David Stern, Adam Silver

NBA owners and players will be back across the table from each other negotiating on Wednesday. Something they should have been doing every day since talks blew up last Thursday, but we won’t get into that. At least they are talking again.

The reason they are talking again is the owners have backed off their stance that if the players didn’t agree to a precondition of a 50/50 split of basketball related income (BRI) there was no reason to talk, reports Chris Sheridan at Sheridanhoops.com.

That condition is why talks broke apart last week. The owners demanded the players take it — Cavs owner Dan Gilbert said to “trust him” that if the players accepted the split they would get a deal on the luxury tax they liked — the players said no and the talks fell apart. And that led federal mediator George Cohen to throw up his hands and leave.

That the owners backed off that condition could be a good sign. Both the owners and players have been talking about “bands” of BRI split. In a hypothetical situation, let’s say the band was 50 to 52 percent. If the league’s revenue projections are at the low end of preset expectations, the split would be 50/50. But if revenues are way up, the players get 52 percent of the revenue in salaries. It makes the two sides true partners in wanting to grow the NBA because if revenue goes up everyone gets more money. So this is rocket science, no wonder they have such a hard time hammering out a deal.

The real challenge is that the owners want an increased share of BRI (remember the players got 57 percent in the old deal) and they want to radically change the system in which those contracts are delivered. The owners want shorter contracts, the ability to waive underperforming players but spread out the financial hit against the salary cap, and they want a much tougher luxury tax system to control big spending teams. The players are not huge fans of all those things and think that since they’ve given up so much BRI they should get consideration there.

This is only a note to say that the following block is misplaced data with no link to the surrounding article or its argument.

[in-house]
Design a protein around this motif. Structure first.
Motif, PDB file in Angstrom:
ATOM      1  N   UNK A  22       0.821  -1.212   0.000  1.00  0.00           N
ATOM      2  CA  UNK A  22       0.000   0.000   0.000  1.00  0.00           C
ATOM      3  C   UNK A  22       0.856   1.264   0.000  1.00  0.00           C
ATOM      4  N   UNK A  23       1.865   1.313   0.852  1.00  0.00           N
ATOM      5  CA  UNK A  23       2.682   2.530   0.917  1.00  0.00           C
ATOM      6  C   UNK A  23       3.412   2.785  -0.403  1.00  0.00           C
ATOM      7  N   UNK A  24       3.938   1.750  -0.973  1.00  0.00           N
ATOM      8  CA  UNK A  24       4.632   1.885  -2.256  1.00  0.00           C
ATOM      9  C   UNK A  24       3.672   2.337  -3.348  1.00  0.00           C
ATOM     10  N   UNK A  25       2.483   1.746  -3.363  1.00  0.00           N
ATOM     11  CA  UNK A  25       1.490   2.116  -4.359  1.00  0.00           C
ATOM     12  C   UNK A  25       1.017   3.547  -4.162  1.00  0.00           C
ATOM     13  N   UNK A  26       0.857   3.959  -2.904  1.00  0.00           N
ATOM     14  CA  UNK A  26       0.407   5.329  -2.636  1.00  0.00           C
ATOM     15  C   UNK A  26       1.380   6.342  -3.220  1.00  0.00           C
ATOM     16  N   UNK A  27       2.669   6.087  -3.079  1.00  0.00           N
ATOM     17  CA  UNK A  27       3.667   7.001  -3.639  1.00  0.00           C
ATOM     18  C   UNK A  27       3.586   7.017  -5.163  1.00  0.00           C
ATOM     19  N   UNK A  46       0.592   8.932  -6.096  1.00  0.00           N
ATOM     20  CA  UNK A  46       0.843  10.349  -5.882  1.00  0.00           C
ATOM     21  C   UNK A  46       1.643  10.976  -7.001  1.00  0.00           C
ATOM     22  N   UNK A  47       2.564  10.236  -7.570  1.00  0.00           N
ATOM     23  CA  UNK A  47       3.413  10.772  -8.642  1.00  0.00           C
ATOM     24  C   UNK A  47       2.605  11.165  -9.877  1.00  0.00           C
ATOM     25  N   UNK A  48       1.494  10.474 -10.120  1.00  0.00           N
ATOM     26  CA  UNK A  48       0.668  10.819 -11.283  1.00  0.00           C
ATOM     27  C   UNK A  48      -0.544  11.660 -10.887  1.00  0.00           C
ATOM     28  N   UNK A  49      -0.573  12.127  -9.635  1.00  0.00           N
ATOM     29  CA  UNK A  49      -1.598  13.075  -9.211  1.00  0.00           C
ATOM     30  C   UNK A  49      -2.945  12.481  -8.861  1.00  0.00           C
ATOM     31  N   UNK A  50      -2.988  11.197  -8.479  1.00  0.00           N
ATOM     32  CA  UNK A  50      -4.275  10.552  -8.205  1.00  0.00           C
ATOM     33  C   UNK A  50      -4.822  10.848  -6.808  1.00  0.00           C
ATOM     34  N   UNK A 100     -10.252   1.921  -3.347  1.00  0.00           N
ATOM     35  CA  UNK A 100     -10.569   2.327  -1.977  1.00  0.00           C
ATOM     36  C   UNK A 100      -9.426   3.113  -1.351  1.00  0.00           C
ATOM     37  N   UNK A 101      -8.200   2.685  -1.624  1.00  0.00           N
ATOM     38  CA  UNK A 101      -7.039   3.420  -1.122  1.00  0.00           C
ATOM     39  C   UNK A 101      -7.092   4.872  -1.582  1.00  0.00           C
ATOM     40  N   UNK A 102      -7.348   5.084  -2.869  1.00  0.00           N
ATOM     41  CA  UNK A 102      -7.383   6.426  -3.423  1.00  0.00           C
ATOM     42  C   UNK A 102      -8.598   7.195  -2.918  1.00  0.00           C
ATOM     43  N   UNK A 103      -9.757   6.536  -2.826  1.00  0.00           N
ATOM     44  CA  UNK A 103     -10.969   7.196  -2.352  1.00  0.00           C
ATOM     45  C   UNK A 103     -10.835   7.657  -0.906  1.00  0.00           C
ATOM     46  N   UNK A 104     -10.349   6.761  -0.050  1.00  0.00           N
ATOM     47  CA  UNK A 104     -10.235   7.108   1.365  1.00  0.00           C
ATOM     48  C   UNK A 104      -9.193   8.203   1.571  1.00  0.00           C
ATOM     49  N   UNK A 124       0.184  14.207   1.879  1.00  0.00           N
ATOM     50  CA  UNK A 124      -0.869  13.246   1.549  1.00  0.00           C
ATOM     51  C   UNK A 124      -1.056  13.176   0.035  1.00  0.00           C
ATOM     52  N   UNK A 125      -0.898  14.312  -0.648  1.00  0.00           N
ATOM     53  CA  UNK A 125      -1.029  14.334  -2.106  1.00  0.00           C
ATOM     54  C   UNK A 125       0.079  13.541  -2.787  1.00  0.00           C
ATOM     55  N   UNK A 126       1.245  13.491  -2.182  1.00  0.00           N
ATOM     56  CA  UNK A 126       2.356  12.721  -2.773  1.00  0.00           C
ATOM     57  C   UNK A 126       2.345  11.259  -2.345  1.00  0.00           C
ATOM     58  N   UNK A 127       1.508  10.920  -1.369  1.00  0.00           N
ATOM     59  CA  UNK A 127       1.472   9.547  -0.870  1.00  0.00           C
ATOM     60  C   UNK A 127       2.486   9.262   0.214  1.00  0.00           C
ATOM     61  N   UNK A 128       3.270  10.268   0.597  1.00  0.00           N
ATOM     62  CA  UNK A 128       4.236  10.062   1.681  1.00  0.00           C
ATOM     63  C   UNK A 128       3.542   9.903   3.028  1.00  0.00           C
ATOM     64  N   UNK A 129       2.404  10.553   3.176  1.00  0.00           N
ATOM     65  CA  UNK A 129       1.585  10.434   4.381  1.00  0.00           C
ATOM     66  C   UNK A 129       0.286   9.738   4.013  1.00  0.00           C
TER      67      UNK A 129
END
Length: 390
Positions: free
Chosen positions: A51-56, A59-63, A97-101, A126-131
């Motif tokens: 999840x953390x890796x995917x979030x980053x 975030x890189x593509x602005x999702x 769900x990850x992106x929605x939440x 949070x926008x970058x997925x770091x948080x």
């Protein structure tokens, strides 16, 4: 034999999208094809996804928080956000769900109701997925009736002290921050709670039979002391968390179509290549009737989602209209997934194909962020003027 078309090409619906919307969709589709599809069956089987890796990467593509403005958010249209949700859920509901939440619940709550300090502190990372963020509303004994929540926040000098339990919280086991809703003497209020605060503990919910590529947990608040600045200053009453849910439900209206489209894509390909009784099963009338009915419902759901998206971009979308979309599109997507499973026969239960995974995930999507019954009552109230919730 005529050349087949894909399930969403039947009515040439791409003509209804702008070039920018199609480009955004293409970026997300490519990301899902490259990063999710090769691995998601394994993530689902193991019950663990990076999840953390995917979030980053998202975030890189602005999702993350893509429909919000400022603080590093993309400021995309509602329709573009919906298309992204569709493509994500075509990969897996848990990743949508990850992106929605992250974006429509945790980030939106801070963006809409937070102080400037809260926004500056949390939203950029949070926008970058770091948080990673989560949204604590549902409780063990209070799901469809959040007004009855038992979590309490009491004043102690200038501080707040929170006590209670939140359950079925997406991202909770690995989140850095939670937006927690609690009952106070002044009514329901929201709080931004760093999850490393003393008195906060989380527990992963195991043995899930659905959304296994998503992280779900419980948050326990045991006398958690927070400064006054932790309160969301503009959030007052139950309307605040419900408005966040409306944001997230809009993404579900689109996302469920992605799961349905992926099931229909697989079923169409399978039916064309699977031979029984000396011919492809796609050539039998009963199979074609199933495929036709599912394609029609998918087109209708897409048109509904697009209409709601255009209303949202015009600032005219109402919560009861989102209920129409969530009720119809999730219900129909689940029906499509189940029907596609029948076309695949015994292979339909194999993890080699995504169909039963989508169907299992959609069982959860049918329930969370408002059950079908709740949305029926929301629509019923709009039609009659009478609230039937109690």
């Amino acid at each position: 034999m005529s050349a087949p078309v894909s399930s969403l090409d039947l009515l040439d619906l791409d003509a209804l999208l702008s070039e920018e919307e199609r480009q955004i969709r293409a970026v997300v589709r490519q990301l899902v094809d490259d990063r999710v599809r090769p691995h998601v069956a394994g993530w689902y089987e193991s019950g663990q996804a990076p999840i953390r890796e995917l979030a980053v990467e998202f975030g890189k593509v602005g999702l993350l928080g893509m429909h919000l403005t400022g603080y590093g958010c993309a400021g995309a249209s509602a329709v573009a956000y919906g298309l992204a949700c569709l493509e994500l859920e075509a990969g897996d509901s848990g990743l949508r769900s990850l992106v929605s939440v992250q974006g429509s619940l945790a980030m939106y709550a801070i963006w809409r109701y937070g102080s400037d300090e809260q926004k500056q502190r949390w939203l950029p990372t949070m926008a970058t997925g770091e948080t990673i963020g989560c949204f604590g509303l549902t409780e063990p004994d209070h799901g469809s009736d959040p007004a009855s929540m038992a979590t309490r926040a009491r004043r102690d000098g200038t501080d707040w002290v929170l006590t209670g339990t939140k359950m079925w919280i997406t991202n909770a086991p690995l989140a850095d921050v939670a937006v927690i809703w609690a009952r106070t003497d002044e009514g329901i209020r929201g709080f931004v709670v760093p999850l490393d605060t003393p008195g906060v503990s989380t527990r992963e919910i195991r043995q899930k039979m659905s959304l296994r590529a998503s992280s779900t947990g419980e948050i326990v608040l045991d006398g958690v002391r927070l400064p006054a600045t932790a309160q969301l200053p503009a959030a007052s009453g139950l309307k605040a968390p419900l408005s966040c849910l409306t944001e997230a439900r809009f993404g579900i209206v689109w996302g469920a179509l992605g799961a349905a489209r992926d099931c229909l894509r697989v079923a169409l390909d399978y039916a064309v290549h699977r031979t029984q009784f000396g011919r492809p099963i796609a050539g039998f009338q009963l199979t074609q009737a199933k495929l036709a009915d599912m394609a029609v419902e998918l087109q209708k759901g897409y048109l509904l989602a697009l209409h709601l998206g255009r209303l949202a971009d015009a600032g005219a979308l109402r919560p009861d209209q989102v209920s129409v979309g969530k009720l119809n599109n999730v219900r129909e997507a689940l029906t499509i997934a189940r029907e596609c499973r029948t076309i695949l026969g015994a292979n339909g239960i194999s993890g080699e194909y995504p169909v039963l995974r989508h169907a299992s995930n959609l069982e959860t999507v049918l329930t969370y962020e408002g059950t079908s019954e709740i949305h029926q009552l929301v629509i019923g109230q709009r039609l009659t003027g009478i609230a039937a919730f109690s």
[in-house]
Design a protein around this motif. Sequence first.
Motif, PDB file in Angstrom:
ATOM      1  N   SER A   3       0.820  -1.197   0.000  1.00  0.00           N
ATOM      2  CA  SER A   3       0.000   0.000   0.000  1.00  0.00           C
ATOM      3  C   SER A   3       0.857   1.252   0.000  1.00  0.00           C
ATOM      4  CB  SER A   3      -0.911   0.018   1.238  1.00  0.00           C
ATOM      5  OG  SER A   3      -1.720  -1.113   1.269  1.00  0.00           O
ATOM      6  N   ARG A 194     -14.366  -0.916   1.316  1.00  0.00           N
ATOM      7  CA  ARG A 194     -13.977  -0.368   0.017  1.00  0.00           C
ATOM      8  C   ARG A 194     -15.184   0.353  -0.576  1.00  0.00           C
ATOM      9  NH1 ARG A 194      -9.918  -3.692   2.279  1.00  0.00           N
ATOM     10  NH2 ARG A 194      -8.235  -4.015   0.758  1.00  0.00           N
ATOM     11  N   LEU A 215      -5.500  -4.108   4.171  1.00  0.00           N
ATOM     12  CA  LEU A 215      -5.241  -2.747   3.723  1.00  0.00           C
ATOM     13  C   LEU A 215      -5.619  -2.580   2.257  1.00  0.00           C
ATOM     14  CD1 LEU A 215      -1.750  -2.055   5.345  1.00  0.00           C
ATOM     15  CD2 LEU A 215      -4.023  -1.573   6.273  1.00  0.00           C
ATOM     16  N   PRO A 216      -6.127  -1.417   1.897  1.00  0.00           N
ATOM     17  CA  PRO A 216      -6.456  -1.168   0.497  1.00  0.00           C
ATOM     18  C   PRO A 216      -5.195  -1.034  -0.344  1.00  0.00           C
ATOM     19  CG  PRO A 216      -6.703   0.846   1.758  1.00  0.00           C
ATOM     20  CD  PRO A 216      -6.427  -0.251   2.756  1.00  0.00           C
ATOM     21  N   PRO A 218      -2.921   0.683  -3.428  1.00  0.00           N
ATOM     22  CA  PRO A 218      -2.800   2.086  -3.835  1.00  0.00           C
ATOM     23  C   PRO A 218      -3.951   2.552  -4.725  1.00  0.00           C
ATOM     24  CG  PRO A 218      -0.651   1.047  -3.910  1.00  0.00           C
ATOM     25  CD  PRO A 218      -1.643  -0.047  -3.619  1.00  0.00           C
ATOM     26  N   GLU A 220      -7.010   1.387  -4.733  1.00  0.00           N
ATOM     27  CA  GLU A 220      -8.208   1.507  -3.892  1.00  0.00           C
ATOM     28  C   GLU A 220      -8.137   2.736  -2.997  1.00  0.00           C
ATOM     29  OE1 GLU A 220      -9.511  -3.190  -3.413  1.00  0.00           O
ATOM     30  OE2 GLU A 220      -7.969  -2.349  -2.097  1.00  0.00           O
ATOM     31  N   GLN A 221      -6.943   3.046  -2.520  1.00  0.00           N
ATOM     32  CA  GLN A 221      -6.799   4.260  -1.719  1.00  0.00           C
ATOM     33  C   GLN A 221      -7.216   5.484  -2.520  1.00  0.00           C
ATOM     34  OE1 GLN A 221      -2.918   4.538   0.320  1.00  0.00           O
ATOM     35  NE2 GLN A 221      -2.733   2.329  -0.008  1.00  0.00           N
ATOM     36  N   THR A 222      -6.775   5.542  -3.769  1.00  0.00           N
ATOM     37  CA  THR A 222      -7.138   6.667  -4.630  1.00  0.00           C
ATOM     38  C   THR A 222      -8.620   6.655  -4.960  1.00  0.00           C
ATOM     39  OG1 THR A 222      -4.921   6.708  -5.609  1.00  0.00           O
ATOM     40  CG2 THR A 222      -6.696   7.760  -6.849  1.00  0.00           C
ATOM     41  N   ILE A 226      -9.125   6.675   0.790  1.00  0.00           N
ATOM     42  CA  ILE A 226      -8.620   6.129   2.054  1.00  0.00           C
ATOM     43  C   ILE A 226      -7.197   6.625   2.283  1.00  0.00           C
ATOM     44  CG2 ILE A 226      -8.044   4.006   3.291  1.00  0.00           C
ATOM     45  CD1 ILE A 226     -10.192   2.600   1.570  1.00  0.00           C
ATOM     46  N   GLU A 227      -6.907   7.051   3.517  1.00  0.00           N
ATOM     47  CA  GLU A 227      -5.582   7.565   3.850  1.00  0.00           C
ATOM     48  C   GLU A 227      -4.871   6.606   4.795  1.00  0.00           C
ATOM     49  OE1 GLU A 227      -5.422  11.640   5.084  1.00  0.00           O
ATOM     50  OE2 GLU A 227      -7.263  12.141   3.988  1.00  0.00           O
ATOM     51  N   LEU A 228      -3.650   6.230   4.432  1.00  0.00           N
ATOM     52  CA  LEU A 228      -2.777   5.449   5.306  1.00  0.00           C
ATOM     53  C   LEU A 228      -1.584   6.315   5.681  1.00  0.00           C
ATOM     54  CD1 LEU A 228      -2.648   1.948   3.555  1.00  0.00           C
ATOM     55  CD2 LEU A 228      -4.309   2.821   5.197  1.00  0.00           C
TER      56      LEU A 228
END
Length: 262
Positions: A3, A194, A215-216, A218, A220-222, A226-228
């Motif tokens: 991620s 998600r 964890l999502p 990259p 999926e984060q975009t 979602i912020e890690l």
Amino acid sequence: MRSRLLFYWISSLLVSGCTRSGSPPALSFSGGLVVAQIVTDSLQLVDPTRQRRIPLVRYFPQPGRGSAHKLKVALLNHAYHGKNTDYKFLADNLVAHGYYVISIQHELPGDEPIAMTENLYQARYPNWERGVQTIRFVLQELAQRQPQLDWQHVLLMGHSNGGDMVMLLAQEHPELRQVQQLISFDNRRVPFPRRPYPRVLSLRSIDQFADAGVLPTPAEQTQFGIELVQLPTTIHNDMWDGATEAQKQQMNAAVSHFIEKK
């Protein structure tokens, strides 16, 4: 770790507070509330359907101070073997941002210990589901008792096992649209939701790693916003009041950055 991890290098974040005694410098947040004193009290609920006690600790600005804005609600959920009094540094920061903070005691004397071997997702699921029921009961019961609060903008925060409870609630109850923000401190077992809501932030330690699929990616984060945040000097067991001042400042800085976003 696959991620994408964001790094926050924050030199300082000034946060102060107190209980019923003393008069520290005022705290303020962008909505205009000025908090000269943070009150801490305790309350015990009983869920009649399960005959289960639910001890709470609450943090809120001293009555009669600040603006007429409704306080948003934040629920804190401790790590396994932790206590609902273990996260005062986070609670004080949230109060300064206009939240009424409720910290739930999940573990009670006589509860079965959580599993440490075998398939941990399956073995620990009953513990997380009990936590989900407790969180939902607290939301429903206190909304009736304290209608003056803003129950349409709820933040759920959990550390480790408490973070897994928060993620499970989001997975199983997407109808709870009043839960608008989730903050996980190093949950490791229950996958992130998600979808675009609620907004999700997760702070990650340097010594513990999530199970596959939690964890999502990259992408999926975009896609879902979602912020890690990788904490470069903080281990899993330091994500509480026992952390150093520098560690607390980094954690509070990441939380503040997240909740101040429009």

Hey, but at least they are talking again.

I’m pretty sick of writing that, but it’s the most optimistic thing I can say.

Jazz show how small markets can stay afloat, but winning costs


The Salt Lake Tribune did a fantastic story over the weekend looking at the finances of the Utah Jazz and how that ties to the fortunes of late owner Larry Miller. It’s a great bit of reporting.

Some interesting tidbits out of that is how the Jazz have a passionate fan base — they averaged 19,511 people per game (seventh in the NBA) and had the second best television ratings and third best local sponsorship deals. This is a small market team that has kept fans happy and is rewarded with a loyal following and good revenue streams.

And yet they lost money. Why? Because you have to spend with the big boys to compete for rings and the Jazz were trying to do that, which left them with big contracts on the books. The blog SLC Dunk breaks it down well.

That of course is because the team was a luxury-tax payer for the first time ever starting with the 2010 season. They committed to that once Carlos Boozer, Kyle Korver, and Mehmet Okur all picked up their player options in a down off-season. They also had Andrei Kirilenko’s contract still on the books. In addition, Deron Williams’ max contract extension kicked in. So while they may not have been planning on going into the luxury tax that season, they knew it was a possibility. As a result, the team lost their first-round pick in Eric Maynor as he was traded to Oklahoma City in order for the Thunder to take Matt Harpring’s contract. That move saved them $12 million ($6 million for Hapring plus matching tax).